Nobuhiko Obayashi‘s legendary haunted house movie, also known as Hausu, was first released in Japan in 1977 and is a Major Cat Movie. Oshare, miffed at her dad for having invited his girlfriend on holiday with them, decides instead to visit her aunt, who lives in a house in the country; she brings six of her classmates along. From the outset, the story devolves into a riot of lurid hues and backdrops, with flashbacks styled like silent movie inserts, a jaunty soundtrack which wouldn’t have been out of place in German softcore porn from the 1970s, and all manner of cut-outs, collages and psychedelic effects.
Of course, once the girls get to their destination, the aunt turns out to have a hidden agenda, and her fluffy white cat, hitherto friendly, starts shooting green lasers from its eyes. One by one, the girls succumb to terrible fates that have to be seen to be believed. One is bitten on the bottom by a severed head, another is eaten by a piano, and the cat turns into an evil cat painting which gushes so much blood that another girl drowns in it.
The gruesome deaths, gushing blood and severed limbs might have been sadistic and unpleasant had they been rendered by realistic-looking modern CGI, but the special effects in Hausu are even more bonkers than the story – lots of crazy zooms, wacky animation and what looks suspiciously as though someone has been scribbling on the film with fluorescent felt-tip pens. Ironically, the crudeness of the effects now makes Hausu now almost seem more like an avant garde experiment than a horror movie. Almost – because (and take note Amer) there is a story here, albeit a barking mad one.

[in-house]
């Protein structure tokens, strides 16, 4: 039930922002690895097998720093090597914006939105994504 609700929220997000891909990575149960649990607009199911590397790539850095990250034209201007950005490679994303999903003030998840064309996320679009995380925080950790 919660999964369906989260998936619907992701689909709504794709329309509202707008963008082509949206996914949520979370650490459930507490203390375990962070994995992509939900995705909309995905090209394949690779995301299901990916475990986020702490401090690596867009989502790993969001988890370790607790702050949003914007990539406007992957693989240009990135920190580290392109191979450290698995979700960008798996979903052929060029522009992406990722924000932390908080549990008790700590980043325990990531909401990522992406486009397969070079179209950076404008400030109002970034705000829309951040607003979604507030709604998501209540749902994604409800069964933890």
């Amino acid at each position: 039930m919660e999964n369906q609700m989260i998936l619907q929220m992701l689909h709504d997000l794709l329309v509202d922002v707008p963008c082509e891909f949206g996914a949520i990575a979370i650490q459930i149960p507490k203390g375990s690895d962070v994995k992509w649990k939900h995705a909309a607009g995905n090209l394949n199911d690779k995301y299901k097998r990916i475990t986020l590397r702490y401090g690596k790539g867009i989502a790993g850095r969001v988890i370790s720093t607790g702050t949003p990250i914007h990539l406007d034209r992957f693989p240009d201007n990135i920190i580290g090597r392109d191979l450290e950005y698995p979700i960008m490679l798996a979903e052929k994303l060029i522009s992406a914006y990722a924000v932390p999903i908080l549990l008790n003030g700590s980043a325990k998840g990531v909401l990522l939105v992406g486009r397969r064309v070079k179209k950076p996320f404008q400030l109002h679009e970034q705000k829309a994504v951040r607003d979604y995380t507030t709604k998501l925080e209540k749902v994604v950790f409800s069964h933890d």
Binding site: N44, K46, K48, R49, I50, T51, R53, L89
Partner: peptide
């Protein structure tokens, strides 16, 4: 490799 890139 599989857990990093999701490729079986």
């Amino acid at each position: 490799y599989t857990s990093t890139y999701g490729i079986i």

The overall effect is like Suspiria crossed with Tears of the Black Tiger, but stranger and funnier than either. There’s even a bit of gratuitous schoolgirl nudity and panty-sniffing. It’s all so bizarre and stylised that it’s hard to care too much about the characters (probably just as well, since they come to such horrible ends) though I did develop a soft spot for a feisty wench nicknamed “Kung-Fu”.
This is obligatory viewing for lovers of the kitsch, the cool and the crazy, but be warned – don’t watch it under the influence of hallucinogenic drugs, or your head could explode.
This is a re-edited version of a DVD review first published on theartsdesk.com
Stay tuned for a mini-Japanese lesson after this poster!
- Ask Chris #128: The Trouble With Demonic Cat Paintings (comicsalliance.com)